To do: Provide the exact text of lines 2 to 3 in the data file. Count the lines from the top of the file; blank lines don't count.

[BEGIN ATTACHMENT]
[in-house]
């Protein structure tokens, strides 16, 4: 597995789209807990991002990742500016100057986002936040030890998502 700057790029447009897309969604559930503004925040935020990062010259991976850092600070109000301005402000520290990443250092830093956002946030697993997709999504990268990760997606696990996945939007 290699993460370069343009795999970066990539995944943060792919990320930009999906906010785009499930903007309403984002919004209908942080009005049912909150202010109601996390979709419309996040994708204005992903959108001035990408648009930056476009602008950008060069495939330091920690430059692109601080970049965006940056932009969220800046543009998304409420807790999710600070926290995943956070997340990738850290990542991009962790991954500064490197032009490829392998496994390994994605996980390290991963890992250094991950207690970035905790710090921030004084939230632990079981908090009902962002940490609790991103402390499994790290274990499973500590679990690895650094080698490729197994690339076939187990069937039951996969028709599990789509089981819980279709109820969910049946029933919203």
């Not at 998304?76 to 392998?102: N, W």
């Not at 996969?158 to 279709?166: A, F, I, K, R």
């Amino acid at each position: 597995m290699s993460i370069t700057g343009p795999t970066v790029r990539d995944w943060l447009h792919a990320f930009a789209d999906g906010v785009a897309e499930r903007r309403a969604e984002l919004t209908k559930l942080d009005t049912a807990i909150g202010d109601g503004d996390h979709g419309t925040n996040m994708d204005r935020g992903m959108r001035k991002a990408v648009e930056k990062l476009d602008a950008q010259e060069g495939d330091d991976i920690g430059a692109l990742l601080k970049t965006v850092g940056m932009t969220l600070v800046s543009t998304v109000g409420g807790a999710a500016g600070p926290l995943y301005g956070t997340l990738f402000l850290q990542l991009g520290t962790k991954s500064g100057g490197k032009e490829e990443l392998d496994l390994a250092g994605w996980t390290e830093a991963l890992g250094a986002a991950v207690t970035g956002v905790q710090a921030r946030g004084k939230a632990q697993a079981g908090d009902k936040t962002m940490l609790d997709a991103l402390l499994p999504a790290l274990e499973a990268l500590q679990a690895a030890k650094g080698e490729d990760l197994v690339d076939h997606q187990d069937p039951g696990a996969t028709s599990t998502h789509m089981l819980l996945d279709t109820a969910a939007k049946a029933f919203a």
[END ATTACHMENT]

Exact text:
């Protein structure tokens, strides 16, 4: 597995789209807990991002990742500016100057986002936040030890998502 700057790029447009897309969604559930503004925040935020990062010259991976850092600070109000301005402000520290990443250092830093956002946030697993997709999504990268990760997606696990996945939007 290699993460370069343009795999970066990539995944943060792919990320930009999906906010785009499930903007309403984002919004209908942080009005049912909150202010109601996390979709419309996040994708204005992903959108001035990408648009930056476009602008950008060069495939330091920690430059692109601080970049965006940056932009969220800046543009998304409420807790999710600070926290995943956070997340990738850290990542991009962790991954500064490197032009490829392998496994390994994605996980390290991963890992250094991950207690970035905790710090921030004084939230632990079981908090009902962002940490609790991103402390499994790290274990499973500590679990690895650094080698490729197994690339076939187990069937039951996969028709599990789509089981819980279709109820969910049946029933919203």
């Not at 998304?76 to 392998?102: N, W």